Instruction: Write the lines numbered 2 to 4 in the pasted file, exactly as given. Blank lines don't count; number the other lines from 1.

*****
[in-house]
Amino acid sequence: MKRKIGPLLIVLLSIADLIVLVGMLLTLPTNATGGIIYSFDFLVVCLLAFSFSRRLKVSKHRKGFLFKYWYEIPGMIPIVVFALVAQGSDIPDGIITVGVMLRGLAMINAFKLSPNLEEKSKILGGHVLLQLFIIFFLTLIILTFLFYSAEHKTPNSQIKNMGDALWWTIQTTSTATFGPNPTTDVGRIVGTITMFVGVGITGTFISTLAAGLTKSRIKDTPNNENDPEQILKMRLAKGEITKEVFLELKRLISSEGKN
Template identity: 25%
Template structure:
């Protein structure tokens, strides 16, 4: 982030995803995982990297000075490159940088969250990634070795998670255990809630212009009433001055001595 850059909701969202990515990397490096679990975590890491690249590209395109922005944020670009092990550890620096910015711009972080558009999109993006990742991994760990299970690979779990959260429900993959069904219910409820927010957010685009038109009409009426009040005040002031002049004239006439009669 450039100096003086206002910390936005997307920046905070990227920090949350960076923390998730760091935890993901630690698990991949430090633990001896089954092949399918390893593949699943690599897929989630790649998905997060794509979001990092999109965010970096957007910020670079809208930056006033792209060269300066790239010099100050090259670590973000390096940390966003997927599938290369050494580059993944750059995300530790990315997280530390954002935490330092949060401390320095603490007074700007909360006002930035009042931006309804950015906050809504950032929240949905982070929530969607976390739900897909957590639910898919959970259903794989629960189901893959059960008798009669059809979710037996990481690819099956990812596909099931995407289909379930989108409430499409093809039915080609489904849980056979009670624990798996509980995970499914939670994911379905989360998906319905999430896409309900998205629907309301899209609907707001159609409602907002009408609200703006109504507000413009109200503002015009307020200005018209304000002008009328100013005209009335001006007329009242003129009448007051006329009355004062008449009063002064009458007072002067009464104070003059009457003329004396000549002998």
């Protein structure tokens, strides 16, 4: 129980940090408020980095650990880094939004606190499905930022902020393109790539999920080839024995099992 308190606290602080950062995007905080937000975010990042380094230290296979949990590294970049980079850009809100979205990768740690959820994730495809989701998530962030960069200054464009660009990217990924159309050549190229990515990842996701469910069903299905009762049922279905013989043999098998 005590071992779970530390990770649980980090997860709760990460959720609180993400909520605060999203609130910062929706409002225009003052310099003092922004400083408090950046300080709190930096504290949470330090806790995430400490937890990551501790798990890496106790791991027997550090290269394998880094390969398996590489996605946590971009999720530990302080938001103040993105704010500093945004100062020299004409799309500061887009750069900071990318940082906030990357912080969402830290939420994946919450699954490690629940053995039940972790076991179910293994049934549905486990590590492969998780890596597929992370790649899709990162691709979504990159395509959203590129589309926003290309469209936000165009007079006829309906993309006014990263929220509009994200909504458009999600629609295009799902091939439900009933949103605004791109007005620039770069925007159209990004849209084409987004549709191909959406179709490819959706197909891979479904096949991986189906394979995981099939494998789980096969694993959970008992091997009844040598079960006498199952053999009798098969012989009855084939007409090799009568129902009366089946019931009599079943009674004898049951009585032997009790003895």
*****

Amino acid sequence: MKRKIGPLLIVLLSIADLIVLVGMLLTLPTNATGGIIYSFDFLVVCLLAFSFSRRLKVSKHRKGFLFKYWYEIPGMIPIVVFALVAQGSDIPDGIITVGVMLRGLAMINAFKLSPNLEEKSKILGGHVLLQLFIIFFLTLIILTFLFYSAEHKTPNSQIKNMGDALWWTIQTTSTATFGPNPTTDVGRIVGTITMFVGVGITGTFISTLAAGLTKSRIKDTPNNENDPEQILKMRLAKGEITKEVFLELKRLISSEGKN
Template identity: 25%
Template structure: